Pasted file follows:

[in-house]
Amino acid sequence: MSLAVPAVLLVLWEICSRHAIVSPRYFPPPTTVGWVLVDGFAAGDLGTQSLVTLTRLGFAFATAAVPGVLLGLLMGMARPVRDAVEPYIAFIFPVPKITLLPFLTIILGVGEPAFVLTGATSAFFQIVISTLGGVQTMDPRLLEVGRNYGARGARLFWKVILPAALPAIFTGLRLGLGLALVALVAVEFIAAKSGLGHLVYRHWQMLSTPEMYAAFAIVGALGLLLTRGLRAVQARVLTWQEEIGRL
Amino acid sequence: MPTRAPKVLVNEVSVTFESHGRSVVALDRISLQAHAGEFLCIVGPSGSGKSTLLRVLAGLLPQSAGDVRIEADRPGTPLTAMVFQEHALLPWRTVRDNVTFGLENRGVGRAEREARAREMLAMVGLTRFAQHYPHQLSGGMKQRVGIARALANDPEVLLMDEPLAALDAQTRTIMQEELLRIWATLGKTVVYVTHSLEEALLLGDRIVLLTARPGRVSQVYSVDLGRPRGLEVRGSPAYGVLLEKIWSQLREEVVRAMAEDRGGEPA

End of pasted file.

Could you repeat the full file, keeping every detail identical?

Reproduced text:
[in-house]
Amino acid sequence: MSLAVPAVLLVLWEICSRHAIVSPRYFPPPTTVGWVLVDGFAAGDLGTQSLVTLTRLGFAFATAAVPGVLLGLLMGMARPVRDAVEPYIAFIFPVPKITLLPFLTIILGVGEPAFVLTGATSAFFQIVISTLGGVQTMDPRLLEVGRNYGARGARLFWKVILPAALPAIFTGLRLGLGLALVALVAVEFIAAKSGLGHLVYRHWQMLSTPEMYAAFAIVGALGLLLTRGLRAVQARVLTWQEEIGRL
Amino acid sequence: MPTRAPKVLVNEVSVTFESHGRSVVALDRISLQAHAGEFLCIVGPSGSGKSTLLRVLAGLLPQSAGDVRIEADRPGTPLTAMVFQEHALLPWRTVRDNVTFGLENRGVGRAEREARAREMLAMVGLTRFAQHYPHQLSGGMKQRVGIARALANDPEVLLMDEPLAALDAQTRTIMQEELLRIWATLGKTVVYVTHSLEEALLLGDRIVLLTARPGRVSQVYSVDLGRPRGLEVRGSPAYGVLLEKIWSQLREEVVRAMAEDRGGEPA